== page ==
Sunday, October 24, 2021
Analytics STEM

Ig Nobel Prize Winners: 2021

The winners of the 2021 Ig Nobel Prize are announced today. One of them caught my attention, which happens to be in the Economics category by Pavlo Blavatskyy for for discovering that the obesity of a country’s politicians may be a good indicator of that country’s corruption.

Very interesting indeed and although it made me chuckle at first, and immediately remembered Putin and recent huge weight-loss by North Korea’s Kim Jong-un (who until recently was guessed to weight about 300lbs). However, as with most statistical data there will always be outliers. It also brings me to think, if politicians recognize this and start to lose weight, will they become less corrupt? Of course not! At any rate, here’s a summary and my takeaways from the full publication…with links and citations to more reading if you’re so inclined.

First, a quick intro to the Ig Nobel Prize. The Ig Nobel Prize is a satiric prize awarded annually since 1991 to celebrate ten unusual or trivial achievements in scientific research. Some have actually gone on to win actual Nobel Prize after winning Ig Nobel awards. Organized by the scientific humor magazine Annals of Improbable Research (AIR), the Ig Nobel Prizes are presented by Nobel laureates in a ceremony at the Sanders Theater, Harvard University, and are followed by the winners’ public lectures at the Massachusetts Institute of Technology. [except during Pandemic time, it was done virtually]

ABOUT THE AUTHOR

Pavlo Blavatskyy is a member of the Entrepreneurship and Innovation Chair, which is part of LabEx Entrepreneurship (University of Montpellier, France) and is funded by the French government (Labex Entreprendre, ANR-10-Labex-11-01). His work is published at “Obesity of Politicians and Corruption in Post‐Soviet Countries,” Pavlo Blavatskyy, Economic of Transition and Institutional Change.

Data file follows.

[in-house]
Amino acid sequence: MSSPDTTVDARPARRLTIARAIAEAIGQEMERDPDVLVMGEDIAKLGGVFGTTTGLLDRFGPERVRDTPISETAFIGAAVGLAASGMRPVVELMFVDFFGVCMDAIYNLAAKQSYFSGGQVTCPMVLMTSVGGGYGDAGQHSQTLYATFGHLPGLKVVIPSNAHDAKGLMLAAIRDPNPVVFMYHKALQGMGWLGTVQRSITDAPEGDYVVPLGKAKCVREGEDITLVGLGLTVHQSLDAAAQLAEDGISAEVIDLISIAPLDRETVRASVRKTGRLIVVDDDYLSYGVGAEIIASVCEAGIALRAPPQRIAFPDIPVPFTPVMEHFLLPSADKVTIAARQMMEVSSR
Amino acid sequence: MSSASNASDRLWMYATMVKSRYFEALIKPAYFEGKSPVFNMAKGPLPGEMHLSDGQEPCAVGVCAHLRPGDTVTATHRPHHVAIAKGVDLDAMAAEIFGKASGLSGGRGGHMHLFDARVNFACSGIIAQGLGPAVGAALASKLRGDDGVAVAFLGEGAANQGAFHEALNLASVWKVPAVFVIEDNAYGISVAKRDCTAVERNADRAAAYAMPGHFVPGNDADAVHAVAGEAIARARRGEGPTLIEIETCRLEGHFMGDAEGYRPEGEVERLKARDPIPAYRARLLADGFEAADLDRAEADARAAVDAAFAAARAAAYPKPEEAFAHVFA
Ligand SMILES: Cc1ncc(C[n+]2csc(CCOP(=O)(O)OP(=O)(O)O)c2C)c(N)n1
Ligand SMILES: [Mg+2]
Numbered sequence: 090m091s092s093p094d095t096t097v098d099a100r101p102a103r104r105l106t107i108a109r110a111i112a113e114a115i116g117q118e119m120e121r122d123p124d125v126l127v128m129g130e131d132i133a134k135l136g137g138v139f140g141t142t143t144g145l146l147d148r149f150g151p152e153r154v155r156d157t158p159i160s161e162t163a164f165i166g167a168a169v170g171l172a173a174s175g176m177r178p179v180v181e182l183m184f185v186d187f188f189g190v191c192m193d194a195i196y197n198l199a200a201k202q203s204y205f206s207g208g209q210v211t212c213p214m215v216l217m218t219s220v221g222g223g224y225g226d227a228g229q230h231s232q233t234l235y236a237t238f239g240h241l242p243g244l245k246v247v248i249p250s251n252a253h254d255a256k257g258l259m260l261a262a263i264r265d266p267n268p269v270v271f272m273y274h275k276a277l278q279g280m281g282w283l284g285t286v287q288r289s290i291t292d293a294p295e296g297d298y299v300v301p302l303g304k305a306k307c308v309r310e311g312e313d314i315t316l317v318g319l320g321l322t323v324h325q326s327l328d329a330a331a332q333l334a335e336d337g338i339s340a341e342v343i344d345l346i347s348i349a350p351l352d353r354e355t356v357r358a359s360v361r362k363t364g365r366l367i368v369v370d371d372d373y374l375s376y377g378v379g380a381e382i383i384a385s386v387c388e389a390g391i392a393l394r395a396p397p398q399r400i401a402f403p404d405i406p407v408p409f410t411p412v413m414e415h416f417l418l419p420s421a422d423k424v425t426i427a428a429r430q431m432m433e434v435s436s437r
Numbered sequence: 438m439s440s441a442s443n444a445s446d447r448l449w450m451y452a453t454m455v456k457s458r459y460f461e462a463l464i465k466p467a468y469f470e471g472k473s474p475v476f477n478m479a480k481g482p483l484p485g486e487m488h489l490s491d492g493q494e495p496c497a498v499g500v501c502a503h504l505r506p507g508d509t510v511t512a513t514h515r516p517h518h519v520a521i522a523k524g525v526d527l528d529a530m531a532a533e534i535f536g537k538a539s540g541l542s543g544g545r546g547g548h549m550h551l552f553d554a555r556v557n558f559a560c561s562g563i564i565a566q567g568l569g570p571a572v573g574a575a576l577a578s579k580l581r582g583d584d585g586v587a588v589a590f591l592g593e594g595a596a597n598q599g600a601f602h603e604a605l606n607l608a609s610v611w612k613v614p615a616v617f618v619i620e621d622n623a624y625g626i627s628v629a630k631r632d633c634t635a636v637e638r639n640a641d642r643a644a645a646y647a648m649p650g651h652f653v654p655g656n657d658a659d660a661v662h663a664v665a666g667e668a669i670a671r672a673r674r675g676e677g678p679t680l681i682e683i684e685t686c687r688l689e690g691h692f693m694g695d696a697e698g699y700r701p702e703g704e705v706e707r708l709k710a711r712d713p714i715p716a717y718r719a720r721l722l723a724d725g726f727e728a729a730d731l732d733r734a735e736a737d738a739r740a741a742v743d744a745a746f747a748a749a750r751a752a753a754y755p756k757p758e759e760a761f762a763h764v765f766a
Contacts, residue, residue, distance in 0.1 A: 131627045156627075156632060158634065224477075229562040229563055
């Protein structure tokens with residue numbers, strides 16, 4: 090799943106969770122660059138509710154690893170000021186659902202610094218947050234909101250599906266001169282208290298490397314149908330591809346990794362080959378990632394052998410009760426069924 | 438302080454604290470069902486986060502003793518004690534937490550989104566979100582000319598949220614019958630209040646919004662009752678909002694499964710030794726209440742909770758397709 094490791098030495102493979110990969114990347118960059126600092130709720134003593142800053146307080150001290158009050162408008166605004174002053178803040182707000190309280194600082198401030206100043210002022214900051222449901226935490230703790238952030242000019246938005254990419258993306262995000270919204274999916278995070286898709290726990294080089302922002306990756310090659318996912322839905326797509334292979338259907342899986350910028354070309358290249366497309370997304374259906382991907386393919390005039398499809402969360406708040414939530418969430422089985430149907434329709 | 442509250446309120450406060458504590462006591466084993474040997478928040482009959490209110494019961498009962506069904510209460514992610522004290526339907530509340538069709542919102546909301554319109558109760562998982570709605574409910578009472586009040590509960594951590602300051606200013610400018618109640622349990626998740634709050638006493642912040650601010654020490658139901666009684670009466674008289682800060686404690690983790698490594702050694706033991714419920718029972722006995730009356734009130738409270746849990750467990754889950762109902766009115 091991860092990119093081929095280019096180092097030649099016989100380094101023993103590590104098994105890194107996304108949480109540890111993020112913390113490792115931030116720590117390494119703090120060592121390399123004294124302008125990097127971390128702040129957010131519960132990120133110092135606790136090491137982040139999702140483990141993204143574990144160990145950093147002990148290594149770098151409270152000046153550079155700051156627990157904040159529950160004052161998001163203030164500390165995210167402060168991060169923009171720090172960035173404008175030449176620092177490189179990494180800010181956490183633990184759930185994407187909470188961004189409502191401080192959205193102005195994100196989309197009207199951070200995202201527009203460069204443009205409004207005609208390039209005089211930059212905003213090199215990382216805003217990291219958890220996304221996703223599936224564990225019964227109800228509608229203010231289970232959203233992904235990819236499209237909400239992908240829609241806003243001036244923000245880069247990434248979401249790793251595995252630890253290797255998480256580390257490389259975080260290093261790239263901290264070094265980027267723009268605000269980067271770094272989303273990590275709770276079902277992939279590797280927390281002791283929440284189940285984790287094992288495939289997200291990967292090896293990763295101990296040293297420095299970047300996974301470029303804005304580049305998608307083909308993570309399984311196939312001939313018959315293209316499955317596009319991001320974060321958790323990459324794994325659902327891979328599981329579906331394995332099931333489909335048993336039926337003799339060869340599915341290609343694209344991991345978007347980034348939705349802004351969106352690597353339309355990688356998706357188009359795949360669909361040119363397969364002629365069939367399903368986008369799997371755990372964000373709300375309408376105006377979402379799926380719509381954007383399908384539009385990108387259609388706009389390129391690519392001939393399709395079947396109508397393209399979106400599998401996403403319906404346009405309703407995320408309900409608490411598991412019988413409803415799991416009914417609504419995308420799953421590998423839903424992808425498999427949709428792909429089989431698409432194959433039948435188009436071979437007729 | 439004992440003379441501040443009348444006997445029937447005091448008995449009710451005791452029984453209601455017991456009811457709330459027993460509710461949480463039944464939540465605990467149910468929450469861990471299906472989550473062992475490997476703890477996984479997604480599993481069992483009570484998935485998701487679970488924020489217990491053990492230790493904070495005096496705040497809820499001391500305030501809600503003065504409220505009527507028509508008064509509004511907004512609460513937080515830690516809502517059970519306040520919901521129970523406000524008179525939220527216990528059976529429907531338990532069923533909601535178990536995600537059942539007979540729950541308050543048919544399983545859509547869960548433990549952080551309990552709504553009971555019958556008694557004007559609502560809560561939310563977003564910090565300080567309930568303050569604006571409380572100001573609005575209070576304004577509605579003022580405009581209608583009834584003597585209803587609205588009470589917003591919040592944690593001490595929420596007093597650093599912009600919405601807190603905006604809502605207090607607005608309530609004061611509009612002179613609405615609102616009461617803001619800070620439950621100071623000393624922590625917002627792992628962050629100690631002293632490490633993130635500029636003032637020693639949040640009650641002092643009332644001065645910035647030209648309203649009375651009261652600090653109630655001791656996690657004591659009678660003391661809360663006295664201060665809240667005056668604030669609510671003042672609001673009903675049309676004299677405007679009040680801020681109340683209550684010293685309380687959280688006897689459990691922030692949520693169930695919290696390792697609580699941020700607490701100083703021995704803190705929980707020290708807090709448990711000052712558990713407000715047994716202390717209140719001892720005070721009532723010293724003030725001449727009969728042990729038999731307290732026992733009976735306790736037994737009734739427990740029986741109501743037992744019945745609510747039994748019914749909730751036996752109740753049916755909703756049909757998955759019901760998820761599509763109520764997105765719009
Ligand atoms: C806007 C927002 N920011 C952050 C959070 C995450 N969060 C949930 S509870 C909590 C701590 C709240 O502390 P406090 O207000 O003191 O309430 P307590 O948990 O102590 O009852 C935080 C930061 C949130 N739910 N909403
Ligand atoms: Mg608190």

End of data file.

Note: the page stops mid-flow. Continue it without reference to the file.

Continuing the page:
It’s important to note that the data used is from 2017 (not 2021) and Pavlo focused on specific countries/states (post-Soviet-era countries) for his study.
Also, when you read the tables and charts (in his plublication), remember that all the lower values of corruption index values (Transparency International Corruption Perceptions Index, and World Bank worldwide governance indicator Control of Corruption) indicate HIGHER corruption.

Here’s a part of the Abstract: “We collected 299 frontal face images of 2017 cabinet ministers from 15 post-Soviet states (Armenia, Azerbaijan, Belarus, Estonia, Georgia, Kazakhstan, Kyrgyzstan, Latvia, Lithuania, Moldova, Russia, Tajikistan, Turkmenistan, Ukraine and Uzbekistan). For each image, the minister’s body-mass index is estimated using a computer vision algorithm. The median estimated body-mass index of cabinet ministers is highly correlated with conventional measures of corruption (Transparency International Corruption Perceptions Index, World Bank worldwide governance in-dicator Control of Corruption, Index of Public Integrity). This result suggests that physical characteristics of politicians such as their body-mass index can be used as proxy variables for political corruption…at a very local level.”

The sentence in the introduction instantly grabbed my attention: “Grand political corruption is a clandestine economic activity that is difficult (even life-threatening) to measure directly.”